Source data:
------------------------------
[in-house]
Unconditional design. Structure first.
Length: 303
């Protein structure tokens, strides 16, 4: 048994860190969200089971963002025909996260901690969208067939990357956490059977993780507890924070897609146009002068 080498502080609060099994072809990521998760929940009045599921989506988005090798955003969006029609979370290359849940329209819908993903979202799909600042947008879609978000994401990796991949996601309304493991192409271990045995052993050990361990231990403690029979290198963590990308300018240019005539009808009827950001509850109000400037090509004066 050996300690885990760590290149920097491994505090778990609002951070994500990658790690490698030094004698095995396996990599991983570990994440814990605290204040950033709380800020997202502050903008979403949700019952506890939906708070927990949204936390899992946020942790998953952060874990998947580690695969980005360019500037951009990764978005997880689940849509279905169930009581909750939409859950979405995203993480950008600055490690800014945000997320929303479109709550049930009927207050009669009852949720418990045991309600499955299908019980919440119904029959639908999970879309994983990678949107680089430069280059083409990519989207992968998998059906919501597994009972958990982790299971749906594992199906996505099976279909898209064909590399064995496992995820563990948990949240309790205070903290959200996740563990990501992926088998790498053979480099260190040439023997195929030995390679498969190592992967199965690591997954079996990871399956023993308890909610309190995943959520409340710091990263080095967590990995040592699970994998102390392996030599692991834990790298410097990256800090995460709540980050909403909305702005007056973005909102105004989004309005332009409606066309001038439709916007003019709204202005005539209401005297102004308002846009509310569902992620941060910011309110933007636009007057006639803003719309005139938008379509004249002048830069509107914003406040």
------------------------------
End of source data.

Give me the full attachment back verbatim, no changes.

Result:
[in-house]
Unconditional design. Structure first.
Length: 303
């Protein structure tokens, strides 16, 4: 048994860190969200089971963002025909996260901690969208067939990357956490059977993780507890924070897609146009002068 080498502080609060099994072809990521998760929940009045599921989506988005090798955003969006029609979370290359849940329209819908993903979202799909600042947008879609978000994401990796991949996601309304493991192409271990045995052993050990361990231990403690029979290198963590990308300018240019005539009808009827950001509850109000400037090509004066 050996300690885990760590290149920097491994505090778990609002951070994500990658790690490698030094004698095995396996990599991983570990994440814990605290204040950033709380800020997202502050903008979403949700019952506890939906708070927990949204936390899992946020942790998953952060874990998947580690695969980005360019500037951009990764978005997880689940849509279905169930009581909750939409859950979405995203993480950008600055490690800014945000997320929303479109709550049930009927207050009669009852949720418990045991309600499955299908019980919440119904029959639908999970879309994983990678949107680089430069280059083409990519989207992968998998059906919501597994009972958990982790299971749906594992199906996505099976279909898209064909590399064995496992995820563990948990949240309790205070903290959200996740563990990501992926088998790498053979480099260190040439023997195929030995390679498969190592992967199965690591997954079996990871399956023993308890909610309190995943959520409340710091990263080095967590990995040592699970994998102390392996030599692991834990790298410097990256800090995460709540980050909403909305702005007056973005909102105004989004309005332009409606066309001038439709916007003019709204202005005539209401005297102004308002846009509310569902992620941060910011309110933007636009007057006639803003719309005139938008379509004249002048830069509107914003406040």